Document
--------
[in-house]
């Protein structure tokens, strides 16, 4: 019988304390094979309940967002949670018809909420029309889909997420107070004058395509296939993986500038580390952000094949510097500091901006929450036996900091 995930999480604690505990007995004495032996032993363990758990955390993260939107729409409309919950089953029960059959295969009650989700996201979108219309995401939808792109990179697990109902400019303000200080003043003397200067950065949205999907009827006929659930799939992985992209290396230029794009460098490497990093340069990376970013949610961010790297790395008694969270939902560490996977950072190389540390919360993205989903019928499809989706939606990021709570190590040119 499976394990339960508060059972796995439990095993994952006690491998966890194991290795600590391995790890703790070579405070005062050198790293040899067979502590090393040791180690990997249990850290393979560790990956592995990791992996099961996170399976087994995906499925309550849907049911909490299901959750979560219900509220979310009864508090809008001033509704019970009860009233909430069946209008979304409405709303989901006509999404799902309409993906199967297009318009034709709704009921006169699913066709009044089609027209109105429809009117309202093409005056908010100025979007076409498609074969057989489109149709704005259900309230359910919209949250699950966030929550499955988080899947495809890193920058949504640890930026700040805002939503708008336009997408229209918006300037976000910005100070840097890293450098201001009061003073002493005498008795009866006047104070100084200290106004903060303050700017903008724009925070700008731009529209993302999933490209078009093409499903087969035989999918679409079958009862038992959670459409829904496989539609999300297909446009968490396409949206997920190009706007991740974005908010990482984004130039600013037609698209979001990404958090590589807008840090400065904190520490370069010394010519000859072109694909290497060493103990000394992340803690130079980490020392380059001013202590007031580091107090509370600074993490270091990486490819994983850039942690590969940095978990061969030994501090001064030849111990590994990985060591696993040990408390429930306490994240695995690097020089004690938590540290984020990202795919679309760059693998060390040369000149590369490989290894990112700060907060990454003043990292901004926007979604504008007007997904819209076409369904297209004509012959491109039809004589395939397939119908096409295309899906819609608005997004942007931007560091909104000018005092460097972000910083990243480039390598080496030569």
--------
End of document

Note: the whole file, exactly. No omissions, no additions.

[in-house]
């Protein structure tokens, strides 16, 4: 019988304390094979309940967002949670018809909420029309889909997420107070004058395509296939993986500038580390952000094949510097500091901006929450036996900091 995930999480604690505990007995004495032996032993363990758990955390993260939107729409409309919950089953029960059959295969009650989700996201979108219309995401939808792109990179697990109902400019303000200080003043003397200067950065949205999907009827006929659930799939992985992209290396230029794009460098490497990093340069990376970013949610961010790297790395008694969270939902560490996977950072190389540390919360993205989903019928499809989706939606990021709570190590040119 499976394990339960508060059972796995439990095993994952006690491998966890194991290795600590391995790890703790070579405070005062050198790293040899067979502590090393040791180690990997249990850290393979560790990956592995990791992996099961996170399976087994995906499925309550849907049911909490299901959750979560219900509220979310009864508090809008001033509704019970009860009233909430069946209008979304409405709303989901006509999404799902309409993906199967297009318009034709709704009921006169699913066709009044089609027209109105429809009117309202093409005056908010100025979007076409498609074969057989489109149709704005259900309230359910919209949250699950966030929550499955988080899947495809890193920058949504640890930026700040805002939503708008336009997408229209918006300037976000910005100070840097890293450098201001009061003073002493005498008795009866006047104070100084200290106004903060303050700017903008724009925070700008731009529209993302999933490209078009093409499903087969035989999918679409079958009862038992959670459409829904496989539609999300297909446009968490396409949206997920190009706007991740974005908010990482984004130039600013037609698209979001990404958090590589807008840090400065904190520490370069010394010519000859072109694909290497060493103990000394992340803690130079980490020392380059001013202590007031580091107090509370600074993490270091990486490819994983850039942690590969940095978990061969030994501090001064030849111990590994990985060591696993040990408390429930306490994240695995690097020089004690938590540290984020990202795919679309760059693998060390040369000149590369490989290894990112700060907060990454003043990292901004926007979604504008007007997904819209076409369904297209004509012959491109039809004589395939397939119908096409295309899906819609608005997004942007931007560091909104000018005092460097972000910083990243480039390598080496030569």